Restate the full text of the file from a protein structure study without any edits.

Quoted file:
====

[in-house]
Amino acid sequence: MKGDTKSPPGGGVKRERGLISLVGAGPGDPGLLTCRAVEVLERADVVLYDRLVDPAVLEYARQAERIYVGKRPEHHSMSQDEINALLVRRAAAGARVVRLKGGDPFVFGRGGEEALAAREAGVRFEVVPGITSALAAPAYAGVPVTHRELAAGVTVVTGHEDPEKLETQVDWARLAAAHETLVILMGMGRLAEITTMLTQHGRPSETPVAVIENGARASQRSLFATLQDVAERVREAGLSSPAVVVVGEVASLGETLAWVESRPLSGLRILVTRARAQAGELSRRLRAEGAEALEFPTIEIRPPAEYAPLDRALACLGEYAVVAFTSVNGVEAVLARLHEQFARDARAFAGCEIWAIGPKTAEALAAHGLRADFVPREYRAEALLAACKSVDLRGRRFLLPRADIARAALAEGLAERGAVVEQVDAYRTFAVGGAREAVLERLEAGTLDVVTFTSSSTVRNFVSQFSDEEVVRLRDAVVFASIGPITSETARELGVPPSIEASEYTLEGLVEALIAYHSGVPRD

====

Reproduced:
[in-house]
Amino acid sequence: MKGDTKSPPGGGVKRERGLISLVGAGPGDPGLLTCRAVEVLERADVVLYDRLVDPAVLEYARQAERIYVGKRPEHHSMSQDEINALLVRRAAAGARVVRLKGGDPFVFGRGGEEALAAREAGVRFEVVPGITSALAAPAYAGVPVTHRELAAGVTVVTGHEDPEKLETQVDWARLAAAHETLVILMGMGRLAEITTMLTQHGRPSETPVAVIENGARASQRSLFATLQDVAERVREAGLSSPAVVVVGEVASLGETLAWVESRPLSGLRILVTRARAQAGELSRRLRAEGAEALEFPTIEIRPPAEYAPLDRALACLGEYAVVAFTSVNGVEAVLARLHEQFARDARAFAGCEIWAIGPKTAEALAAHGLRADFVPREYRAEALLAACKSVDLRGRRFLLPRADIARAALAEGLAERGAVVEQVDAYRTFAVGGAREAVLERLEAGTLDVVTFTSSSTVRNFVSQFSDEEVVRLRDAVVFASIGPITSETARELGVPPSIEASEYTLEGLVEALIAYHSGVPRD